The Hub - Centre of Responsibility (COR)
Age group: Not age specific
Gender: Mixed (male and female)
Number of completed Canadian outcome evaluation studies: 1
Continuum of intervention: Secondary crime prevention
The Centre of Responsibility (COR) is an initiative which consists of representatives from the participating Ministries and Policing partners. The concept was an expansion of the Hub model, in which front-line workers collaborate to provide immediate support to high-risk families in the province. A COR is comprised of similar front-line workers but will analyze the “bigger picture” using trends and statistics gathered at the Hub level. The COR’s focus is on community safety and wellness working towards longer-term community goals and initiatives and possible systemic recommendations, formed through experience, research and analysis.
The main goals of the COR are to:
- Identify systemic issues and gaps to improve community safety and well-being;
- Work as an interagency team to understand those issues and gaps collectively; and
- Interpret findings to decision makers and our community.
The Clientele is dependent on the identified gap or issue identified. In the end, all projects, papers or initiatives, benefit the community at large.
Both the Hub and the COR include representatives from police, social services, the health sector and the Saskatoon Tribal Council, and the groups focus on issues such as homelessness, addictions and mental health.
The role of the COR is to engage in collaborative analysis of Hub data and other recognized trends and data sources which serve to inform the identification of high value opportunities for systemic change. The goal of the COR is to look at the gaps in services, analyze those gaps and try to come up with some long-term solutions and strategies to help fill those gaps in.
Some of the critical elements for the implementation of this program or initiative include the following:
- Organizational requirements: Governance model, Memorandum of Understanding between participating agencies, and a process implemented for dissemination and de-confliction of COR work. Top-down and bottom-up cooperation and communication.
- Partnerships: All Human Service Ministries, RCMP, and municipal police. It would be beneficial to have strong partnerships and representation from First Nations. Other federal agencies such as Public Safety Canada and Health Canada and Statistics Canada would be a valued resource. Non-Government Organizations (NGOs) and Community-Based Organizations (CBOs) in the community would be an asset.
- Training and technical assistance: A commitment for continuing education in seeking best practices. Training, in how to work together as an integrated, inter-agency team. IT support, and required software to further analyze multi-agency data.
- Risk assessment tools: A commitment by our agencies to provide the COR with their tools and data.
- Materials & resources: Office space, office equipment, access to university publications.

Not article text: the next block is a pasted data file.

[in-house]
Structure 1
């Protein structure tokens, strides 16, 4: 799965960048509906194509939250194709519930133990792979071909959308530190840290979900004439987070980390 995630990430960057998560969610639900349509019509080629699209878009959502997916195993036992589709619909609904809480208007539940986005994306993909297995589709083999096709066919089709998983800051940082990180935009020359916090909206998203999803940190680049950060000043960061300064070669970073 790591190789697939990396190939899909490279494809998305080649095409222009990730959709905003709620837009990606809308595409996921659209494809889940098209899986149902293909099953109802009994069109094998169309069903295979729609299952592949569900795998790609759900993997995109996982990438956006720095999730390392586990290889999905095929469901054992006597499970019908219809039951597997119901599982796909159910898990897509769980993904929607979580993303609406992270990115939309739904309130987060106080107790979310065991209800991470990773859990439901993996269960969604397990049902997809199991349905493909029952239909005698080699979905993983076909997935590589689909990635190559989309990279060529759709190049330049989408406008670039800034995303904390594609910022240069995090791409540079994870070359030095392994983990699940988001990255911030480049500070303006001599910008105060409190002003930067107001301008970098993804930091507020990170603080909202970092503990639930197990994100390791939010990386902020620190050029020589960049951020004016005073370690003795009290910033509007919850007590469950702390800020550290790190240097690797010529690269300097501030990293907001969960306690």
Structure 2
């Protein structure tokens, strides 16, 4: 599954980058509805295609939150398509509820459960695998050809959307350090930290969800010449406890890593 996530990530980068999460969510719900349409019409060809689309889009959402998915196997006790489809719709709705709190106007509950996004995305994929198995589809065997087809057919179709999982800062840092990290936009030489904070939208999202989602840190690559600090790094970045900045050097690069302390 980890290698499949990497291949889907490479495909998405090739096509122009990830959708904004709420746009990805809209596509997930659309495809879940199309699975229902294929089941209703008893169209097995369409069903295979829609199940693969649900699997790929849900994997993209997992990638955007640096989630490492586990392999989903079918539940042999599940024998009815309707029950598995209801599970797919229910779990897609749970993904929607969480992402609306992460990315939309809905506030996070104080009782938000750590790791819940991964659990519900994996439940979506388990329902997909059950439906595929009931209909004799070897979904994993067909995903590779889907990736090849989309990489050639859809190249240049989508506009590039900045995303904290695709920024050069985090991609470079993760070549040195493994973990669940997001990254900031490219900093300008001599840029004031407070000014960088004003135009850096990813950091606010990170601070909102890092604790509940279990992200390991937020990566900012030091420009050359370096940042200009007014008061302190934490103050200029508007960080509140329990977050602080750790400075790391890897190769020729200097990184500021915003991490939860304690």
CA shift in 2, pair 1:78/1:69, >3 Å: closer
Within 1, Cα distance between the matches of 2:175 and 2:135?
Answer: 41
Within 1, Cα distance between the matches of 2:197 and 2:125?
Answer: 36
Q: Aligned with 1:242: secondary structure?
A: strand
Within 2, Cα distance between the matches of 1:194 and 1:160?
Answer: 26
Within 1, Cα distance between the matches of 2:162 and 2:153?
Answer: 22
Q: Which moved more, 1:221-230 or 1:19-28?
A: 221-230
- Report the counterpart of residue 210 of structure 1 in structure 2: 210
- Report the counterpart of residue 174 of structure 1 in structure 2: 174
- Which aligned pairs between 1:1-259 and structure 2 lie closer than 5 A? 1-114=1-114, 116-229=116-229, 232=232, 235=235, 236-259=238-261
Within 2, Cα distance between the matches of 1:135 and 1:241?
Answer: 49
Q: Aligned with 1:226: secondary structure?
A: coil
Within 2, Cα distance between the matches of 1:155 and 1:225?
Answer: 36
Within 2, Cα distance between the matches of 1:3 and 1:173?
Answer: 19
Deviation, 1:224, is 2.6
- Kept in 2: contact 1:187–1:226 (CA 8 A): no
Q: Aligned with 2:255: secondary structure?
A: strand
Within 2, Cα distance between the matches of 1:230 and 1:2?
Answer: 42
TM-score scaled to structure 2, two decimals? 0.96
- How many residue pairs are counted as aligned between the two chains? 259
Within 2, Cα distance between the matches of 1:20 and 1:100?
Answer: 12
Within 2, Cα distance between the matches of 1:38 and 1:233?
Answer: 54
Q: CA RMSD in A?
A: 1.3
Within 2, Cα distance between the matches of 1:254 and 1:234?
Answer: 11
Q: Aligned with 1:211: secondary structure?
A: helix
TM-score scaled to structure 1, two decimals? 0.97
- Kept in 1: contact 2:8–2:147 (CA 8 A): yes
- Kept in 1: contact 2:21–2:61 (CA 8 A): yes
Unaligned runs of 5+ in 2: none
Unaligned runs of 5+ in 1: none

The most recognized classification systems of evidence-based crime prevention programs have classified this program or initiative as follows:
- Blueprints for Healthy Youth Development: Not applicable.
- Crime Solutions/OJJDP Model Program Guide: Not applicable.
- SAMHSA's National Registry of Evidence-based Programs and Practices: Not applicable.
- Coalition for Evidence-Based Policy: Not applicable.
Gathering Canadian Knowledge
Canadian Implementation Sites
In 2014, Saskatoon and Prince Albert were the only cities with both a Hub and a COR. The plan of the provincial government was to set up Hubs in Regina, North Battleford, Yorkton, La Ronge, Moose Jaw, Estevan/Weyburn, Nipawin, Lloydminster and Swift Current.
More recently the COR has begun to implement pilot projects in communities that have lowered crime and increased community wellness; examples are: the Public Safety Compliance Team, the Community Crystal Meth Intervention, and the community mobilization in Prince Albert towards an alcohol strategy.
Main Findings from Canadian Outcome Evaluation Studies
Based on an evaluation conducted by Nilson, some findings are:
- Increased collaboration that produced community trust, inter-agency relationships, and agency understanding of one another;
- Increased awareness of the interconnectedness of issues, shared opportunities to support individuals with composite risk; and
- Improvement to services by increased efficiency; improved access; creation of a broader service lens; less ‘not within our scope’ mentality; and improved and professionalized Hub model of risk-driven collaborative intervention (Nilson, 2015, p.9).
$550,000 yearly covers office rent, operating costs, and wages for Executive Director, Administrative Assistant, Strategic Analyst and Tactical Analyst.
Sector Specialist salaries are provided by their respective agencies or ministries.
Community Mobilization Prince Albert (2012). CMPA business case: In support of the sustainable funding arrangement with the Government of Saskatchewan. Prince Albert, SK: Author.
Nilson, C. (2015). The Original Game Changers: Evaluative Report on Prince Albert’s Centre of Responsibility and its Role in the Advancement of Community Mobilization Efforts to Improve Community Safety and Wellness. Saskatoon, SK: Centre for Forensic Behavioural Science and Justice Studies – University of Saskatchewan. Available from: https://www.usask.ca/cfbsjs/research/pdf/research_reports/COR2015.pdf
For more information on this program, contact:
c/o Community Safety & Well-being
Ministry of Justice
600-1874 Scarth Street
Regina, Saskatchewan, S4P 4B3
Record Updated On - 2023-01-30
- Date modified: